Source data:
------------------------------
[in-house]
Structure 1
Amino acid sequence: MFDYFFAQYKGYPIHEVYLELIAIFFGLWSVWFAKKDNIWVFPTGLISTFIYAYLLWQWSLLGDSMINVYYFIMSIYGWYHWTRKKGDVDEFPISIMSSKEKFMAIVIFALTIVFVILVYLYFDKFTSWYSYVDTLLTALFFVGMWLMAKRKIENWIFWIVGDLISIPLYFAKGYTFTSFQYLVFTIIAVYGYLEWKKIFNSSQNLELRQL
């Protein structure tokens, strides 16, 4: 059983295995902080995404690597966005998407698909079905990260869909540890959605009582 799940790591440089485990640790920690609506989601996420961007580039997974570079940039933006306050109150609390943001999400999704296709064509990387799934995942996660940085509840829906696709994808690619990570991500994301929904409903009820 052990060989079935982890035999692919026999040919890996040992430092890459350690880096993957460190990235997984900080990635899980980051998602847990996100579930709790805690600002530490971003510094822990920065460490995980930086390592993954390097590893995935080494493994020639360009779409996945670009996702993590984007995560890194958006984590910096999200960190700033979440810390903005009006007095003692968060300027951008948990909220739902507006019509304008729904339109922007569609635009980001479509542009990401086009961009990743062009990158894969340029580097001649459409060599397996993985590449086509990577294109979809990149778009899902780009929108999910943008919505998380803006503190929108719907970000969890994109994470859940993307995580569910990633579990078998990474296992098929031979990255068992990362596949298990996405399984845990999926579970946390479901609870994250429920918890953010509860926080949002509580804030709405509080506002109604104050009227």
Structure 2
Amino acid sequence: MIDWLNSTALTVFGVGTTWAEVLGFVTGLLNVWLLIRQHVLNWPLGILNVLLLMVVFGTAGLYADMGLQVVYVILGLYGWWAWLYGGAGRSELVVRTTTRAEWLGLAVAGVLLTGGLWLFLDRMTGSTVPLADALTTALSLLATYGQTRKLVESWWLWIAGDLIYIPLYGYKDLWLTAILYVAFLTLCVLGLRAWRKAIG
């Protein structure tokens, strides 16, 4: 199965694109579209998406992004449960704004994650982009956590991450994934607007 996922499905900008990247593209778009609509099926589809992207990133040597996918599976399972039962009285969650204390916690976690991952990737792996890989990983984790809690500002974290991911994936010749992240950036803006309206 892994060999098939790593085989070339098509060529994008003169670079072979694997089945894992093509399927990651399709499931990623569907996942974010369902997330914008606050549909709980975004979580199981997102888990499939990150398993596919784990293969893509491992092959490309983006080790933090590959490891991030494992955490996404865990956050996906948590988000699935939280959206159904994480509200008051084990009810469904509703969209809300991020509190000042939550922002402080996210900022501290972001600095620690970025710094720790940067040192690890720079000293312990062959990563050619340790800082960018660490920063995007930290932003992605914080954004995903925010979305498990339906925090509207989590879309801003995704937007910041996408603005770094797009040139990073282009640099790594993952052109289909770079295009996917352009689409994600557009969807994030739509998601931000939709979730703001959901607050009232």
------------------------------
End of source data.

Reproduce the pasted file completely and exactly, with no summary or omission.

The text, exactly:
[in-house]
Structure 1
Amino acid sequence: MFDYFFAQYKGYPIHEVYLELIAIFFGLWSVWFAKKDNIWVFPTGLISTFIYAYLLWQWSLLGDSMINVYYFIMSIYGWYHWTRKKGDVDEFPISIMSSKEKFMAIVIFALTIVFVILVYLYFDKFTSWYSYVDTLLTALFFVGMWLMAKRKIENWIFWIVGDLISIPLYFAKGYTFTSFQYLVFTIIAVYGYLEWKKIFNSSQNLELRQL
């Protein structure tokens, strides 16, 4: 059983295995902080995404690597966005998407698909079905990260869909540890959605009582 799940790591440089485990640790920690609506989601996420961007580039997974570079940039933006306050109150609390943001999400999704296709064509990387799934995942996660940085509840829906696709994808690619990570991500994301929904409903009820 052990060989079935982890035999692919026999040919890996040992430092890459350690880096993957460190990235997984900080990635899980980051998602847990996100579930709790805690600002530490971003510094822990920065460490995980930086390592993954390097590893995935080494493994020639360009779409996945670009996702993590984007995560890194958006984590910096999200960190700033979440810390903005009006007095003692968060300027951008948990909220739902507006019509304008729904339109922007569609635009980001479509542009990401086009961009990743062009990158894969340029580097001649459409060599397996993985590449086509990577294109979809990149778009899902780009929108999910943008919505998380803006503190929108719907970000969890994109994470859940993307995580569910990633579990078998990474296992098929031979990255068992990362596949298990996405399984845990999926579970946390479901609870994250429920918890953010509860926080949002509580804030709405509080506002109604104050009227």
Structure 2
Amino acid sequence: MIDWLNSTALTVFGVGTTWAEVLGFVTGLLNVWLLIRQHVLNWPLGILNVLLLMVVFGTAGLYADMGLQVVYVILGLYGWWAWLYGGAGRSELVVRTTTRAEWLGLAVAGVLLTGGLWLFLDRMTGSTVPLADALTTALSLLATYGQTRKLVESWWLWIAGDLIYIPLYGYKDLWLTAILYVAFLTLCVLGLRAWRKAIG
């Protein structure tokens, strides 16, 4: 199965694109579209998406992004449960704004994650982009956590991450994934607007 996922499905900008990247593209778009609509099926589809992207990133040597996918599976399972039962009285969650204390916690976690991952990737792996890989990983984790809690500002974290991911994936010749992240950036803006309206 892994060999098939790593085989070339098509060529994008003169670079072979694997089945894992093509399927990651399709499931990623569907996942974010369902997330914008606050549909709980975004979580199981997102888990499939990150398993596919784990293969893509491992092959490309983006080790933090590959490891991030494992955490996404865990956050996906948590988000699935939280959206159904994480509200008051084990009810469904509703969209809300991020509190000042939550922002402080996210900022501290972001600095620690970025710094720790940067040192690890720079000293312990062959990563050619340790800082960018660490920063995007930290932003992605914080954004995903925010979305498990339906925090509207989590879309801003995704937007910041996408603005770094797009040139990073282009640099790594993952052109289909770079295009996917352009689409994600557009969807994030739509998601931000939709979730703001959901607050009232």